cwest wrote:I don’t know enough to match RAM and CPU. At $97, 2GB of DDR2 800 seems pretty good value. Did I miss something? http://www.newegg.com/Product/Product.a ... 6820145034. Will a C2D6400 make use of this speed?
For a C2D6400 to require DDR2 800, you'd have to overclock to beyond 2.8 GHz (this would be a 350 MHz FSB which is starting to push things for 667 RAM. Unless you are going to really overclock, high end 667 RAM with very low timings will do better for you than low end 800 RAM with higher timings. By the way, both the C2D4400 and C2D6420 are much better choices than the C2D6400. If you are going to overclock, I'd even go with the C2D4300 over the C2D6400. The only downside of C2D4xxx is no hardware virtualization support, but that is probably not an issue in this application.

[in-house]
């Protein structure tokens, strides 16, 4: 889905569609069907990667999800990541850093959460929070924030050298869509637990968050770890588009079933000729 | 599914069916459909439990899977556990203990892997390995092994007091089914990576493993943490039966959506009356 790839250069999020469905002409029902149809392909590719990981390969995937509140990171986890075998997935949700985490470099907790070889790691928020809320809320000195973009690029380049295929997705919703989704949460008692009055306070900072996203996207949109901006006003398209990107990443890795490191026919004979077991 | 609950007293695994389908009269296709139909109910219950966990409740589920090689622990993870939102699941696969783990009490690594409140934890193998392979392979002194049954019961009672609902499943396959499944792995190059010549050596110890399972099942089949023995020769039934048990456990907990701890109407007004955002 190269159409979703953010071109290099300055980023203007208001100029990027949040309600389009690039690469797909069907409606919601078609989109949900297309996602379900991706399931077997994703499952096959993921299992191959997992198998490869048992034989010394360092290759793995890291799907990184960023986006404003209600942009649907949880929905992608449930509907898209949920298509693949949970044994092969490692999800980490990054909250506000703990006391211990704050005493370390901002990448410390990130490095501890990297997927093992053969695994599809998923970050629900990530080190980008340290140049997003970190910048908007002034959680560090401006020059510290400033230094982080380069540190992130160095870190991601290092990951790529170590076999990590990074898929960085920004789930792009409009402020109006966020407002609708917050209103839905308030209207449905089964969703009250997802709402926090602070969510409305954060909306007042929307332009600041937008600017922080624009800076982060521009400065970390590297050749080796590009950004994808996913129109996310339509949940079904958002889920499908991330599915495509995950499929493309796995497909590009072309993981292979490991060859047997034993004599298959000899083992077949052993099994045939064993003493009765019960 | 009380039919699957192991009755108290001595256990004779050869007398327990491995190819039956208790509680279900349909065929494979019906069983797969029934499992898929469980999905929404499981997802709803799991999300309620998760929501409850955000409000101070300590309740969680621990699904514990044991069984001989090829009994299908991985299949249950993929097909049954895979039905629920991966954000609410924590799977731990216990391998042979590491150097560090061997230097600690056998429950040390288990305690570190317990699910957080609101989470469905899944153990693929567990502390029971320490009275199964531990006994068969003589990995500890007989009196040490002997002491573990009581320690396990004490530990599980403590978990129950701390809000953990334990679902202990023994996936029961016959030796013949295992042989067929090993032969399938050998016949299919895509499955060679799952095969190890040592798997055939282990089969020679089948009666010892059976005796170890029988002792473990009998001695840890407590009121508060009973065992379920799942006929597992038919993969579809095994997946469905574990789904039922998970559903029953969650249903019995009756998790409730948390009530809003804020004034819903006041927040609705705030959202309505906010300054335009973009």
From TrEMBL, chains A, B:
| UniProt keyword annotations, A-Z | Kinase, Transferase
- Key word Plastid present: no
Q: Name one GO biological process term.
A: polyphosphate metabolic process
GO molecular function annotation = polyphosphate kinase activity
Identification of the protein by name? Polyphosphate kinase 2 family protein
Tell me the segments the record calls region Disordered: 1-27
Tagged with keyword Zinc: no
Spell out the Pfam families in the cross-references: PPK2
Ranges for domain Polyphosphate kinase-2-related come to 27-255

cwest wrote:I read about RAID today. Striping with redundancy would clearly improve serving/streaming. If demand necessitates more I/O, I'd implement RAID 1+0 using 4 x 500GB drives.
I thought you only needed 500 GB total? I'd probably go with a 3X RAID 5 array over a 4X RAID 1+0/0+1 array , for the greater efficiency.

lanceuppercut
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Post by lanceuppercut » Wed May 23, 2007 12:17 am

autoboy wrote:2 harddrives in raid 0. These are for my important data like pictures, music, programs, archived shows etc.
i think raid1 is what you're thinking of. important data on a raid0 array = not best thing ever..

nick705
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Post by nick705 » Wed May 23, 2007 1:26 am

cwest wrote: Not finding acceptable onboard graphics, I'm going follow nighmorph's suggestion and settle with a GIGABYTE GV-NX76T256D-RH GeForce 7600GT 256MB GDDR3 PCI Express x16 Video which is passively cooled.